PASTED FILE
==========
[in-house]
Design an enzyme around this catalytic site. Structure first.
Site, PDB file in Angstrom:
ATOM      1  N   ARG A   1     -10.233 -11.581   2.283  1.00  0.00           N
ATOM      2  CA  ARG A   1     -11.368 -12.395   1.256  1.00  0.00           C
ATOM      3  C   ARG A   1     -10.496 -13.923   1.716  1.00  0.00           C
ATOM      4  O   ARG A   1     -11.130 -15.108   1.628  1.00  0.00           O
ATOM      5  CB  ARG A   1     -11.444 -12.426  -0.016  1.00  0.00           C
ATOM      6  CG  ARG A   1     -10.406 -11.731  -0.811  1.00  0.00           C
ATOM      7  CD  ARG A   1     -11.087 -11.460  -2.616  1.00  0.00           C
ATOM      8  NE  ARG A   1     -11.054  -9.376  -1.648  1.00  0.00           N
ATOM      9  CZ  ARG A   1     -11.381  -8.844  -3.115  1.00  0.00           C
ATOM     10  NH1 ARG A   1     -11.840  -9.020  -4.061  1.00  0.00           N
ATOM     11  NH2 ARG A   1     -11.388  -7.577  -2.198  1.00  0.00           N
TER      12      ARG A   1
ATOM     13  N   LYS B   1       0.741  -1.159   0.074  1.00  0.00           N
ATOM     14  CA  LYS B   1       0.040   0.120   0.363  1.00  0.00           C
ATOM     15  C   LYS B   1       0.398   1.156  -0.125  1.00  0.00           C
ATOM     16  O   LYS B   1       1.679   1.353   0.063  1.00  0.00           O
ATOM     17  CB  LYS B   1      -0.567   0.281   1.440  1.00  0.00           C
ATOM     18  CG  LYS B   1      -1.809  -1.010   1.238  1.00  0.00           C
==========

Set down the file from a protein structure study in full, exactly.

[in-house]
Design an enzyme around this catalytic site. Structure first.
Site, PDB file in Angstrom:
ATOM      1  N   ARG A   1     -10.233 -11.581   2.283  1.00  0.00           N
ATOM      2  CA  ARG A   1     -11.368 -12.395   1.256  1.00  0.00           C
ATOM      3  C   ARG A   1     -10.496 -13.923   1.716  1.00  0.00           C
ATOM      4  O   ARG A   1     -11.130 -15.108   1.628  1.00  0.00           O
ATOM      5  CB  ARG A   1     -11.444 -12.426  -0.016  1.00  0.00           C
ATOM      6  CG  ARG A   1     -10.406 -11.731  -0.811  1.00  0.00           C
ATOM      7  CD  ARG A   1     -11.087 -11.460  -2.616  1.00  0.00           C
ATOM      8  NE  ARG A   1     -11.054  -9.376  -1.648  1.00  0.00           N
ATOM      9  CZ  ARG A   1     -11.381  -8.844  -3.115  1.00  0.00           C
ATOM     10  NH1 ARG A   1     -11.840  -9.020  -4.061  1.00  0.00           N
ATOM     11  NH2 ARG A   1     -11.388  -7.577  -2.198  1.00  0.00           N
TER      12      ARG A   1
ATOM     13  N   LYS B   1       0.741  -1.159   0.074  1.00  0.00           N
ATOM     14  CA  LYS B   1       0.040   0.120   0.363  1.00  0.00           C
ATOM     15  C   LYS B   1       0.398   1.156  -0.125  1.00  0.00           C
ATOM     16  O   LYS B   1       1.679   1.353   0.063  1.00  0.00           O
ATOM     17  CB  LYS B   1      -0.567   0.281   1.440  1.00  0.00           C
ATOM     18  CG  LYS B   1      -1.809  -1.010   1.238  1.00  0.00           C